In today's interconnected world, many devices and systems depend on effective communication to function efficiently. Many of these systems use the Avahi daemon, an open-source implementation of the Zeroconf protocol suite that is essential for facilitating network browsing and service discovery. Imagine the impact if a vulnerability were to be discovered in this critical software: countless devices and systems could be at risk.

In this article, we delve into a newly identified vulnerability in Avahi, dissecting the code and shedding light on the origin of the problem. The vulnerability, CVE-2023-38469, is a reachable assertion found in the avahi_dns_packet_append_record function. By understanding the underlying issue, security experts can better protect their systems and thwart potential attacks.

CVE-2023-38469 - Vulnerability Details

The CVE-2023-38469 vulnerability exists in Avahi's handling of the DNS packet record. More specifically, it occurs within the avahi_dns_packet_append_record function. This is a component of Avahi's core networking functionality, responsible for appending new records to DNS packets.

The code snippet below illustrates the problematic area

int avahi_dns_packet_append_record(AvahiDnsPacket *p, AvahiIfIndex idx, const AvahiRecord *r, int flush_cache) {
    unsigned char e[256];
    size_t size;

    size = avahi_encode_record(r, e, sizeof(e), idx, flush_cache);

    if (avahi_dns_packet_space(p) < size)
        return ;

    assert(size <= 256);
    memcpy(AVAHI_DNS_PACKET_FIELD(p, qdcount + 4 + 2 + p->index), e, size);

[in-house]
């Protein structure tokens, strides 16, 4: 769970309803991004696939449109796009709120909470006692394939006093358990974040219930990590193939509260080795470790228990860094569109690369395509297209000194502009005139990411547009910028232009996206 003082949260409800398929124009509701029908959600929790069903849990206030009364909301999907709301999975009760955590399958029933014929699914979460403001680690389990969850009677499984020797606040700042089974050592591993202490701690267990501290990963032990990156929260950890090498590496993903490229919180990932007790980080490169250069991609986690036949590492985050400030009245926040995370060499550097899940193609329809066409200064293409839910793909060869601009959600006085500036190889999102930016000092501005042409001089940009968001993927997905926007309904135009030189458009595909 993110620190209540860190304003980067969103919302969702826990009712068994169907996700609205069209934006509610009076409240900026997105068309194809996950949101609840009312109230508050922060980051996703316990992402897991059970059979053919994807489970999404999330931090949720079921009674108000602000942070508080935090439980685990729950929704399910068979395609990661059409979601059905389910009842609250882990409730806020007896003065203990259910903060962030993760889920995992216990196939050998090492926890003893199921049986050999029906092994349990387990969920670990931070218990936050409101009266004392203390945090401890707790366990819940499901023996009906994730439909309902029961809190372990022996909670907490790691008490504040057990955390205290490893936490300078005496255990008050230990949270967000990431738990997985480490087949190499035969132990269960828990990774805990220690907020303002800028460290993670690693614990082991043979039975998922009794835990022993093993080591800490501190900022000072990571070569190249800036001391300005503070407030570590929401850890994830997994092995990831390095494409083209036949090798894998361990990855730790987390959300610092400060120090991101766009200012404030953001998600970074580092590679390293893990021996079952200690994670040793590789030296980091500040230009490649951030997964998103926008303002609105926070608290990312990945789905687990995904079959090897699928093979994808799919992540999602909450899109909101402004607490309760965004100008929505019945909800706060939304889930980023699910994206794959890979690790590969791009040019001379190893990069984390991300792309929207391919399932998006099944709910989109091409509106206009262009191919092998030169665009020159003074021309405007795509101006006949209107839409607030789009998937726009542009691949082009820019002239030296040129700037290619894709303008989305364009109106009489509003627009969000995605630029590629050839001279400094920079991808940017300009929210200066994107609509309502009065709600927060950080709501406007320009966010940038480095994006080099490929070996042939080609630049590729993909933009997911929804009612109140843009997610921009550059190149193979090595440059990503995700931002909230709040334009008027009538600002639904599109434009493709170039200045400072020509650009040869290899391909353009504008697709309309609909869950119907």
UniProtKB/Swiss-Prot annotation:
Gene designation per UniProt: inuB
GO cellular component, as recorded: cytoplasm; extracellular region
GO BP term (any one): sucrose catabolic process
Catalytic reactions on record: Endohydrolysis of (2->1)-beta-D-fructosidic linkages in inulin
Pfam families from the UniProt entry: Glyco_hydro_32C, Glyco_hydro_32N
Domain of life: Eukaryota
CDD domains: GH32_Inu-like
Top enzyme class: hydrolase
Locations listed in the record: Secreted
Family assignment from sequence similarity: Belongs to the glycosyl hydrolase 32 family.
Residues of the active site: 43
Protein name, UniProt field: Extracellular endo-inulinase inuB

In the code above, a reachable assertion exists, which means that a logical expression is false when it should be true. This is problematic because it can lead to unexpected behavior and potential security issues, such as denial-of-service attacks.

The root of this vulnerability lies in the following line of code

assert(size <= 256);

The 'size' variable is assumed to be less than or equal to 256; however, no proper validation is performed before this assertion. Thus, if an attacker can exploit this assumption and cause the 'size' variable to exceed 256, the assertion would fail, leading to unexpected behavior and potential security issues.

Exploiting CVE-2023-38469

There are several potential ways to exploit this vulnerability, allowing an attacker to gain unauthorized access to a system or cause a denial-of-service attack. One possible method involves crafting a malicious DNS packet that causes the 'size' variable to exceed 256, triggering the assertion failure.

Additional References

For more information about Avahi, the Zeroconf protocol suite, and this particular vulnerability, visit the following resources:

1. The original Avahi project page:
2. Description of the Zeroconf protocol suite:
3. The official CVE entry for CVE-2023-38469:


As we have seen, CVE-2023-38469 is a serious vulnerability that could have far-reaching consequences for countless systems and devices relying on the Avahi daemon. By understanding the underlying issue and potential attack vectors, security professionals are better equipped to safeguard their networks and protect valuable assets.


Published on: 11/02/2023 15:15:08 UTC
Last modified on: 11/09/2023 19:58:53 UTC